Background and Objectives
It is widely believed that an historic shift is taking place in forms of political representation available to the poor, towards social movements rather than unions, ‘voluntary associations’ rather than political parties, and local rather than national concerns. This shift seems to have made it more difficult for the poor to find political representation, particularly in low and middle income countries.
Somewhat oddly, pessimism about the prospects for progressive programmatic politics in the party and union arenas stands alongside optimism amongst some researchers and development policy actors for the success of direct ‘popular participation’ and civil society. However, the onset of democratisation has encouraged analysts to point to a flowering of new forms of community-based associations and see these not only as replacing parties and unions in representing popular interests, but also as being more responsive to their constituencies and autonomous from external influence and control.
The research programme on Rights, Representation and the Poor treated this proposition, representative of an important line of thinking about the existence of a ‘new politics’, based in civil society, as an hypothesis – to be tested against evidence on how people generally, and poorer people in particular, living in mega-cities in India and Latin America interact with the political system.
The study has focused on three large urban centres that have suffered many of the political-economy transformations that are thought to be producing the shift in the form of representation. Survey-based fieldwork was conducted in São Paulo, Mexico City (DF), Delhi and Bangalore over a three year period (2002-04). Data analysis has been carried on since 2003; and results have been presented in (so far) 26 seminars and workshops before a variety of audiences – including those of civil society activists and policy makers – in seven countries.
Two types of surveys were conducted in each city, a Citizen Survey (approximately N=1,200) and an Association Survey (approximately N=200). Unlike most previous research on civil society, the study’s Association Survey collected data from 200 associations in four regions of each city using snowball samples. The samples selected civil organisations that work with lower income groups.
- Citizens see the government as having primary responsibility for their welfare.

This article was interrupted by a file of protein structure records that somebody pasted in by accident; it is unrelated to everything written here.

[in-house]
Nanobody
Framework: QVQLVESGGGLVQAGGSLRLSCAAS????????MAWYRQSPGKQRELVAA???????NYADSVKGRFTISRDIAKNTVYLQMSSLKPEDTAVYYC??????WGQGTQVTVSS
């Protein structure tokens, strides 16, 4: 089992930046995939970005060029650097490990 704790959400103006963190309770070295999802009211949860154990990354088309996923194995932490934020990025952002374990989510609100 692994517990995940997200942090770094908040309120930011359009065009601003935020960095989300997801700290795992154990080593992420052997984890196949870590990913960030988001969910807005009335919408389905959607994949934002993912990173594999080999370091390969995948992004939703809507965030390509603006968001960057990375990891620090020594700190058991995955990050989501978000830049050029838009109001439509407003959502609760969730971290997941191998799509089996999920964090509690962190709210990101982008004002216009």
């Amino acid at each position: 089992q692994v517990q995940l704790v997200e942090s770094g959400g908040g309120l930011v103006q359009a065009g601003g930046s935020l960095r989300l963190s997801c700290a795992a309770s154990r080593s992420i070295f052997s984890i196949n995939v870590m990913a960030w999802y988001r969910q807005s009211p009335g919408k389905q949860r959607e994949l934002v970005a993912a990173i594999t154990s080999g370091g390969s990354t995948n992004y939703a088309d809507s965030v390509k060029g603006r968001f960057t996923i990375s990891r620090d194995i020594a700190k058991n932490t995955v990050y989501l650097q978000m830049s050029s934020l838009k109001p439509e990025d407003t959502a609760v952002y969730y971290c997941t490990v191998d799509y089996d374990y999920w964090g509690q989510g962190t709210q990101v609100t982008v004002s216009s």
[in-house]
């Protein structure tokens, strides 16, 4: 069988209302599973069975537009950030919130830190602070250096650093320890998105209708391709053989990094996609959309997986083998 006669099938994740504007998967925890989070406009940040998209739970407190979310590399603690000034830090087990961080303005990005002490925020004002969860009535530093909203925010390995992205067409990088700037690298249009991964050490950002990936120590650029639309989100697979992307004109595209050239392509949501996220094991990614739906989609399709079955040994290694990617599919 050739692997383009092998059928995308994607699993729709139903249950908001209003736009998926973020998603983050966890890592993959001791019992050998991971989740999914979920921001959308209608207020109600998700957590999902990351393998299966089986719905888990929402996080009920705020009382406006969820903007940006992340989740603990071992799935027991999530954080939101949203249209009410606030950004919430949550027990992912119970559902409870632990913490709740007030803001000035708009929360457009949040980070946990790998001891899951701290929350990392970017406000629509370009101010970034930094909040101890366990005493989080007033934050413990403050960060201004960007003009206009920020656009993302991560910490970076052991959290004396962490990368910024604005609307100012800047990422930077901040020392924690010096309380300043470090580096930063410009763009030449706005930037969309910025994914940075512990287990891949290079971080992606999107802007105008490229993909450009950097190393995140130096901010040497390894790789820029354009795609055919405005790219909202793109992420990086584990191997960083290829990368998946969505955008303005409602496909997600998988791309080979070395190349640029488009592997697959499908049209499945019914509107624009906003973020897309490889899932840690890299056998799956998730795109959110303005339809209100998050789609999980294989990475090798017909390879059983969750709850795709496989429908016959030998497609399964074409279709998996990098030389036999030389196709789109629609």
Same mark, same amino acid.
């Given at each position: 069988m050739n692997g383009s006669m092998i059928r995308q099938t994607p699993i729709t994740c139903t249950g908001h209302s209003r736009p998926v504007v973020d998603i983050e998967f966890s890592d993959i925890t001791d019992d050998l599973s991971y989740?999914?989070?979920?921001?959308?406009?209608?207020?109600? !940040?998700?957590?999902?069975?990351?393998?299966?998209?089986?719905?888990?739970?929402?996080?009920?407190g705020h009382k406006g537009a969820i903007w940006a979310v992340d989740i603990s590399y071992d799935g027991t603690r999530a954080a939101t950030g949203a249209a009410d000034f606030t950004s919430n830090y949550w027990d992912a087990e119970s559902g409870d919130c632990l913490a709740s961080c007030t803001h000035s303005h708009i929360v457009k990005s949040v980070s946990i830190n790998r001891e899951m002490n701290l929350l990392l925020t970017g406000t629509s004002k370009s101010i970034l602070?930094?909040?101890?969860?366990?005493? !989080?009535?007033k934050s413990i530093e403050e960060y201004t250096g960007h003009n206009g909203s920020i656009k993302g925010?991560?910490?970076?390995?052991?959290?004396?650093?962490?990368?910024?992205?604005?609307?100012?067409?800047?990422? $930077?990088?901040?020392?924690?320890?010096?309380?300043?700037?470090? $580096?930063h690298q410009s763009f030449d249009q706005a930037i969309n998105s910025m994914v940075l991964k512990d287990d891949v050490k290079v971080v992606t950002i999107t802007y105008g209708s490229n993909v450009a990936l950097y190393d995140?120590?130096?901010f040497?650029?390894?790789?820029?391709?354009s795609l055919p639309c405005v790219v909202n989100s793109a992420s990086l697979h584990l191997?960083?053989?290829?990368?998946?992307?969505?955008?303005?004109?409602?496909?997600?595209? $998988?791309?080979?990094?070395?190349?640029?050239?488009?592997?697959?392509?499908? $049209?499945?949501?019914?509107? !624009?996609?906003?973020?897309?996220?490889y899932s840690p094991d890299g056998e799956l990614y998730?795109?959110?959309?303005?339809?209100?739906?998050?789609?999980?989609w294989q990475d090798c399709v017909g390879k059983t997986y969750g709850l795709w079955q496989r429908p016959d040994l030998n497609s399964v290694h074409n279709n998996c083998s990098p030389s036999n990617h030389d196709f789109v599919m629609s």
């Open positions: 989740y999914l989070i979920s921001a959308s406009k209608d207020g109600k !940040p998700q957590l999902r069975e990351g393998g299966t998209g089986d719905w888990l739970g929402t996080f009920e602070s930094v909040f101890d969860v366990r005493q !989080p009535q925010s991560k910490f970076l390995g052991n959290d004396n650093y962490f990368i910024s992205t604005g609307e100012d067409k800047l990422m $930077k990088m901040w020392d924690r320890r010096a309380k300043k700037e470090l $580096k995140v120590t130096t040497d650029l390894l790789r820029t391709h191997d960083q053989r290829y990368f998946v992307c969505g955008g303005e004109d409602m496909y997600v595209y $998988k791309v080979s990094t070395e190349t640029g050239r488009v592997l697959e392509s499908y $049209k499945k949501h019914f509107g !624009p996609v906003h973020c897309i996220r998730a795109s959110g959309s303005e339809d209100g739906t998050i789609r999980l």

- Low income is not in itself a bar to political participation; poor people are as active politically as their wealthier counterparts.
- The ability of citizens to demand access to public goods and basic rights is highly uneven within each city, and between cities. Despite this unevenness, we found that education substantially increases the likelihood that citizens will make demands on government, and being active in associations makes someone more likely to engage in political activities.
- Associational activity makes it more likely that the citizen’s voice will be heard, however the less well-educated are considerably less likely to be active in associations and therefore we can not underestimate the challenges to enhancing collective action by the poor.
- There are distinct ‘varieties of civil society’, reflecting differences in the long-running historical relationships between citizens, collective actors and the state in different contexts. There is great variation in what kinds of relations these organisations have with ordinary people and with governments, for example the majority of organisations in civil society are not membership based. These differences can have a profound effect on the impact of an organisation on the political system and more importantly, can make a real difference as to whether and how the voice of the individual, especially the poor individual, is heard.
- The claims made about the ability of new forms of citizen participation, and of civil society organisations, to give poor people greater voice are overplayed or misperceived.
- It is often the case that collective actors rather than individuals are involved in participatory processes. If, as our research shows, some individuals (especially poor individuals) are under-represented by collective actors, the question is who the organisation is representing, when it makes its voice heard.